Trends and advances in mercury stable isotopes as a geochemical tracer

Runsheng Yin, Xinbin Feng, Xiangdong Li, Ben Yu, Buyun Du

Research output: Journal article publicationReview articleAcademic researchpeer-review

88 Citations (Scopus)


Mercury (Hg) stable isotope geochemistry is a rapid emerging research field. During the past decade, mercury isotope geochemistry has become an essential part of mercury science, and has played an important role for a wide variety of scientific progresses relating to this metal. Recent studies have demonstrated that Hg isotopes can be systematically fractionated during specific environmental processes (e.g., biotic, abiotic and photochemical). Mercury can have both mass-dependent fractionation (MDF) and mass-independent fractionation (MIF). Each fractionation process imparts a diagnostic pattern of isotopic variations on the earth's geochemical reservoirs, and thus Hg isotope ratios can be used to unravel the sources and complex biogeochemical pathways for Hg. Large variations (~10‰) of both MDF and MIF signatures have been detected in different environmental compartments. The observation of MIF in natural samples suggests that photochemical reaction of Hg species plays an important role in the global cycle of Hg. This paper reviews the analytical methods, the contrasting isotope fractionation during Hg geochemical transformation, the isotopic signatures of different geochemical reservoirs, and the potential uses of Hg isotopes in the future.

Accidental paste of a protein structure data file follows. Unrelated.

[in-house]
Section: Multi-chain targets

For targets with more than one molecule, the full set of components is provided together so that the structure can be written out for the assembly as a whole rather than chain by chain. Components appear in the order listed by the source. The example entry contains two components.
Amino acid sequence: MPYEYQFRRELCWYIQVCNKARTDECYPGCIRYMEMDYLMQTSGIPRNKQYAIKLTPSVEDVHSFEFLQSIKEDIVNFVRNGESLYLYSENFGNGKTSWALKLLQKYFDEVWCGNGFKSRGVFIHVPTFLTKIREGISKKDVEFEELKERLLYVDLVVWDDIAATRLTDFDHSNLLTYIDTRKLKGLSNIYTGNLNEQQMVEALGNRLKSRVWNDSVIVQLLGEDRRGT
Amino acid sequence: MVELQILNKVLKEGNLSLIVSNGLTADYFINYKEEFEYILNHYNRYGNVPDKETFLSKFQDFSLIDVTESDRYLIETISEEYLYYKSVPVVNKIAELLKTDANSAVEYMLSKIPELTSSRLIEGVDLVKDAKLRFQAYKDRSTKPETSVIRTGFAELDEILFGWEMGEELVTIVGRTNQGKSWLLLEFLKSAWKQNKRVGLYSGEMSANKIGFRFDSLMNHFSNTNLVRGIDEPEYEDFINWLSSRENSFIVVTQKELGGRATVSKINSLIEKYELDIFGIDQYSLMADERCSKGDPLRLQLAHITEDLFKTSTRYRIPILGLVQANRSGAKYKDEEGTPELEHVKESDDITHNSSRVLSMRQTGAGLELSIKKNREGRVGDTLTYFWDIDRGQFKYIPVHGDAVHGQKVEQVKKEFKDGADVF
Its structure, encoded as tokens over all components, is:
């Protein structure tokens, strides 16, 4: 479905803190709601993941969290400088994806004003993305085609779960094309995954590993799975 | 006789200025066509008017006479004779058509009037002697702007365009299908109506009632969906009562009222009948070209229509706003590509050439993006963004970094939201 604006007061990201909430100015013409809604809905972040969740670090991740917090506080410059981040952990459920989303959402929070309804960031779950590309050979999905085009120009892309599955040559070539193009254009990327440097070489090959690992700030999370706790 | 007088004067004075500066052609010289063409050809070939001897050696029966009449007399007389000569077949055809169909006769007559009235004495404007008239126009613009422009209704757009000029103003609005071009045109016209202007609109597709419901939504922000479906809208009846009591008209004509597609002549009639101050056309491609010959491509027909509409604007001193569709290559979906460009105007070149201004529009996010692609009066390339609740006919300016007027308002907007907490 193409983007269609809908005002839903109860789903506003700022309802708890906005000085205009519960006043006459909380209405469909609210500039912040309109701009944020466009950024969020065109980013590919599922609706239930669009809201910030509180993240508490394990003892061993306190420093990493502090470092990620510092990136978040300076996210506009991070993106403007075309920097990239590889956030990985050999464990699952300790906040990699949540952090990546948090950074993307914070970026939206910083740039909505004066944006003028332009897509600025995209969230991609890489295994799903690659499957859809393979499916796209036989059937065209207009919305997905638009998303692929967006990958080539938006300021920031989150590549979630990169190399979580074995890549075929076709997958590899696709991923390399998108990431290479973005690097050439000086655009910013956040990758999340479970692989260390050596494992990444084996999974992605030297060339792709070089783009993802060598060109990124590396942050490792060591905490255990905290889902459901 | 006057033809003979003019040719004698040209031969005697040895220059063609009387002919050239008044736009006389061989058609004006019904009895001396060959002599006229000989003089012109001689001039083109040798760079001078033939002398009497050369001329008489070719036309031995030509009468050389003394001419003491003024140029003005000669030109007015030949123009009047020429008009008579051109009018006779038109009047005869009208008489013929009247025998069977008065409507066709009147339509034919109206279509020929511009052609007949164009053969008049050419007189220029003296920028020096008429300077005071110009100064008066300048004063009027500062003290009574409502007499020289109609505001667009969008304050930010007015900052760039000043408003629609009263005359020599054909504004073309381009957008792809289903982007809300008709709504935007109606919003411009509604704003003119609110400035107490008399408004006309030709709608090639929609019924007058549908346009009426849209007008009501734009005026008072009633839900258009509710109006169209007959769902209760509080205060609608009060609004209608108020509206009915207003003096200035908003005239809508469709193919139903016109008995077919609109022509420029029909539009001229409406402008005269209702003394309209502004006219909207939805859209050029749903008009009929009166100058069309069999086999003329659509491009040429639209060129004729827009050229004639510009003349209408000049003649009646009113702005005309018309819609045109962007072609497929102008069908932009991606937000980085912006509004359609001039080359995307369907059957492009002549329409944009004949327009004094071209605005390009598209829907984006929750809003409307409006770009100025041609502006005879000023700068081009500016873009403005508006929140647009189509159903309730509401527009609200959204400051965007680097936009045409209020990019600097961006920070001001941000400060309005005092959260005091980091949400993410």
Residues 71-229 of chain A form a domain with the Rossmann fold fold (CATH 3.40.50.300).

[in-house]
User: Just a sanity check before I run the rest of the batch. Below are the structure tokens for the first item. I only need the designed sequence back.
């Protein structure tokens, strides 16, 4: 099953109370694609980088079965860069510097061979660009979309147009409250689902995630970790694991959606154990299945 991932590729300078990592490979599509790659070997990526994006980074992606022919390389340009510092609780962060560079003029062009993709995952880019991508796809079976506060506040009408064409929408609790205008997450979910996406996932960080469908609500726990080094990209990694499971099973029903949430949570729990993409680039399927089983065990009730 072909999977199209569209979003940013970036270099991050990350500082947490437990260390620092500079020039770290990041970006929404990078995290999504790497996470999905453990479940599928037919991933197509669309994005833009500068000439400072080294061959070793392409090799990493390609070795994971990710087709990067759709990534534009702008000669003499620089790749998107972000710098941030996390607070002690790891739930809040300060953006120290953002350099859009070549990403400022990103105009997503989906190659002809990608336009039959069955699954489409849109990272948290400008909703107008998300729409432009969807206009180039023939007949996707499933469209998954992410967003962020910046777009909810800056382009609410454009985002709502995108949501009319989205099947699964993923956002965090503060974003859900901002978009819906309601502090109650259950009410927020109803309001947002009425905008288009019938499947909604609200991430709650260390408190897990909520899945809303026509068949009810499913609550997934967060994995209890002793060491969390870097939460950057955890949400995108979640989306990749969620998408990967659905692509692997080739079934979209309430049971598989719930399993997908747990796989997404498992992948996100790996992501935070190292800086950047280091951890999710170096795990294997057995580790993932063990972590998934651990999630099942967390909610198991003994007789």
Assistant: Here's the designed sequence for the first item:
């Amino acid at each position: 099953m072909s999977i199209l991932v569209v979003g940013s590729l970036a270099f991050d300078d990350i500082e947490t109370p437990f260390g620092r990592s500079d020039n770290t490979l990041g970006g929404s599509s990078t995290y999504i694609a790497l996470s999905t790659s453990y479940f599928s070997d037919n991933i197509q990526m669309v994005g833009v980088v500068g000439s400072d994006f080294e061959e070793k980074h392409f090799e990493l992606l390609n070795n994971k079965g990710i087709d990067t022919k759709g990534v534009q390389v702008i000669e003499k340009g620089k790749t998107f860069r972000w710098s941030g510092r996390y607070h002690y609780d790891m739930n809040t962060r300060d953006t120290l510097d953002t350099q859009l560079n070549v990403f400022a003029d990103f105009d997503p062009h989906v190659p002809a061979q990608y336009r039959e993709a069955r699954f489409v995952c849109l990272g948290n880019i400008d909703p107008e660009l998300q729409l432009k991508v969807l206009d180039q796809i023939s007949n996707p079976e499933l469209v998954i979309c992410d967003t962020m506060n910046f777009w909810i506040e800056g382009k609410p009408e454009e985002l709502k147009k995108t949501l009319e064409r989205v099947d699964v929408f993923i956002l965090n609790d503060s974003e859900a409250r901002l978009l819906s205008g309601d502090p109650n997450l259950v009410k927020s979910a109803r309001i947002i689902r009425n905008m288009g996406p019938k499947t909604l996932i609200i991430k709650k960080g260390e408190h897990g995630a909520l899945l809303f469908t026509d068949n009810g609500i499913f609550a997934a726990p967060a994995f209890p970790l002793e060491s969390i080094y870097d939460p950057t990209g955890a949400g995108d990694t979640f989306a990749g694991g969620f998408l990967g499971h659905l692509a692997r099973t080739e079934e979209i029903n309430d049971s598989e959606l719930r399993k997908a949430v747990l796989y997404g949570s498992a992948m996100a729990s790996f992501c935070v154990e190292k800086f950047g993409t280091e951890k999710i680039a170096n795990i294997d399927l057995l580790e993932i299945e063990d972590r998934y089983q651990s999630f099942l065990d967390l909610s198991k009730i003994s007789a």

Original languageEnglish
Pages (from-to)1-10
Number of pages10
JournalTrends in Environmental Analytical Chemistry
Publication statusPublished - 1 Jan 2014


  • Geochemical tracer
  • Isotope
  • Mass dependent fractionation
  • Mass-independent fractionation
  • Mercury

ASJC Scopus subject areas

  • Analytical Chemistry
  • Environmental Chemistry


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